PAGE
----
CFB SUFFIELD – Canadian Forces Base Suffield is implementing several changes following a grass fire in September that caused significant damage to surrounding communities.
On September 11, disposal of a military ordnance at CFB Suffield sparked the blaze, which burned around 90,000 acres of land.
There were no injuries, but the fire destroyed a farm, killed 160 head of cattle, and burned crops, feed and pasture.
Base Commander, Lieutenant Colonel Michael Onieu, requested a Board of Inquiry report to determine the exact cause of the fire and offer recommendations to prevent future disasters.
“Since the very day the fire started and was put out, we have actively been working to improve and prevent or mitigate the risk of this happening again,” said Onieu.
The report is not being made public as it’s protected under litigation privilege, but Onieu shared some of the details of the report.
There were 17 recommendations made in the report, the base said most were around procedure and policies when it comes to fire fighting and fire mitigation.
Other recommendations include implementing a fire mitigation plan, putting in fire guards around the base and prioritizing the disposal of military ordnance.
One of the other big recommendations is to improve communication and coordination with surrounding communities when high risk activities or emergencies happen on the base.
That was one of the biggest issues residents had when it came to dealing with the CFB Suffield.
“People have been trying forever but there's been zero [communication] in the past, like nothing,” said Bindloss Fire Chief Cresten Andersen. “Our house shakes when the bombs go off and that's how we know something's happening, then we see the smoke.”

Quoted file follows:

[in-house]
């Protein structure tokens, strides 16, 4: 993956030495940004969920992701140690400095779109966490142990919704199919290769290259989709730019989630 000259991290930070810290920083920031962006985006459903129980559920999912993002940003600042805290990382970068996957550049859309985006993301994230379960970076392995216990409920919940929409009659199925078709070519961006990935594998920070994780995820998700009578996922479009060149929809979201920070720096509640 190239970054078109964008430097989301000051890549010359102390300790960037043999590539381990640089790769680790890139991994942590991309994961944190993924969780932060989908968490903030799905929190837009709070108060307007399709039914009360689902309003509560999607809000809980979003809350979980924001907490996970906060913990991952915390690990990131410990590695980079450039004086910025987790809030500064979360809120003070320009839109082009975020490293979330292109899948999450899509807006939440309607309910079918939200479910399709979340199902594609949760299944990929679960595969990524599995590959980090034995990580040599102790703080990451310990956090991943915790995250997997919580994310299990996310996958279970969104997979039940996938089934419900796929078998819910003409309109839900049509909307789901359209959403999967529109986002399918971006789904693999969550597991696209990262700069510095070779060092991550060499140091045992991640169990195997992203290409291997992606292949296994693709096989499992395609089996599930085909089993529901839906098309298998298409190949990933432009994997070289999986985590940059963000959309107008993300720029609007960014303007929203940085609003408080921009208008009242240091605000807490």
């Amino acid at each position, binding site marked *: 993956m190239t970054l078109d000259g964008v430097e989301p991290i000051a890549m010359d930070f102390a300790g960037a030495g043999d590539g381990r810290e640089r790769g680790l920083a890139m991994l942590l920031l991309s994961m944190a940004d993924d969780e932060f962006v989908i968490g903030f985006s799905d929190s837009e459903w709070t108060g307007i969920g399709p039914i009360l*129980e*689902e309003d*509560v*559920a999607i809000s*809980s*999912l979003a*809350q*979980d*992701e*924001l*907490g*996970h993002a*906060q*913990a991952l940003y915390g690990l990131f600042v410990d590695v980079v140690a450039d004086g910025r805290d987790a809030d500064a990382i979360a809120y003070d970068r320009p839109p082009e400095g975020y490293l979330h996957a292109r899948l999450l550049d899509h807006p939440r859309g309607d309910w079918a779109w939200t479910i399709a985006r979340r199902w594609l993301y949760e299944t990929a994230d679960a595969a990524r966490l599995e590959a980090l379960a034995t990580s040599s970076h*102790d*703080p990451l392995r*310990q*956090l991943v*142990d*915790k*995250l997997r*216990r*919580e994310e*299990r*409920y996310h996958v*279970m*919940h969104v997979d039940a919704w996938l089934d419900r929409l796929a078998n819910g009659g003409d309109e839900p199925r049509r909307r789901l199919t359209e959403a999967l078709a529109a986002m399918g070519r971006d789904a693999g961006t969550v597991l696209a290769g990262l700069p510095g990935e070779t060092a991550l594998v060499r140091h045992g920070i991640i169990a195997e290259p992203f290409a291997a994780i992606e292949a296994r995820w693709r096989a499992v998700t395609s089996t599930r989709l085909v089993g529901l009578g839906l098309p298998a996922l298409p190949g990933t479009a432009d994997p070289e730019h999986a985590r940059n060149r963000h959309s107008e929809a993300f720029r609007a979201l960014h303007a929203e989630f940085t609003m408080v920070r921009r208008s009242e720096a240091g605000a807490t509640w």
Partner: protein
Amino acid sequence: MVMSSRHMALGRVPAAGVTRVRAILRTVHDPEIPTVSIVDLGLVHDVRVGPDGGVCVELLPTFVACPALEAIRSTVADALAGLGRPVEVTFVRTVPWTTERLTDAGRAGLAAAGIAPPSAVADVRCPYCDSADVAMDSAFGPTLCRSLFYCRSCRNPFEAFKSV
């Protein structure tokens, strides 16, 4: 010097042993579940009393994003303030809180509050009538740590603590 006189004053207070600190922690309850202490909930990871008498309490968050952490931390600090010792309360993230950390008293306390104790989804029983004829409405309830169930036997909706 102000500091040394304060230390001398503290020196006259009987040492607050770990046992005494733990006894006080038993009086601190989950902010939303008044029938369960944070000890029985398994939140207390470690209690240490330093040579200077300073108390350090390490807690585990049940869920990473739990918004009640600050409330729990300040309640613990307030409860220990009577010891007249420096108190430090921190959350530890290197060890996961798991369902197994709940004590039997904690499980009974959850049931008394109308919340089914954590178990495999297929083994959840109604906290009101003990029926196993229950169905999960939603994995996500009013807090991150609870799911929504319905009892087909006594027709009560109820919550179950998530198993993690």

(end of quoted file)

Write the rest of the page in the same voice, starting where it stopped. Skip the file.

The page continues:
The base said it has already started to implement some of the recommendations, and Andersen said residents and firefighters are happy to see that happen.
“Our County, Special Areas and the military, they're getting the radio frequencies changed so we can have direct radio contact with them, which is awesome,” Andersen explained.
The Bindloss Fire Chief said their firefighters have also taken required courses in order to get onto the base to help fight fires that get our of control. The decision to bring on civilians in those instances is still up to the Base Commander.
Now that the official report is complete, the military will begin processing damage claims from residents impacted by the fire.
Anderson, who also lost land and feed in the blaze said residents are frustrated by how long this process is taking, adding they're worried about the claim process too.
“There's basically really no answers yet,” he explained. “Like sure, we're going to get compensation sometime, but ‘when?’ is the big question.”
There’s also concern around figuring out how to estimate the value of land destroyed in the fire and Anderson fears the affected land may never return to the way it was.
“Once we sign that paper it’s done. If that land is still affected 10 years down the road there’s no going back,” he said.
“There is mega top soil gone [in the burnt areas], and in places there’s no top soil,” Andersen said as he explained the erosion of the burnt land. “To get top soil back takes years, and years, and years, and years.”
CFB Suffield said there is no time line for when they expect claims will be settled. They’ve hired on an adjuster to help with the process. There’s also no information on how much money the military is anticipating they will have to pay out to affected land owners.
Lt.Col. Onieu said there are still a lot of questions and it will still take a lot of time for the changes and recommendations to be fully implemented, but they are trying to do the right thing and mend fences with their neighbours.
“As a personal goal for us,” Onieu stated. “We will ensure the community surrounding Suffield, is able to live without the constant fear that fires on the base are going to escape and damage their property.
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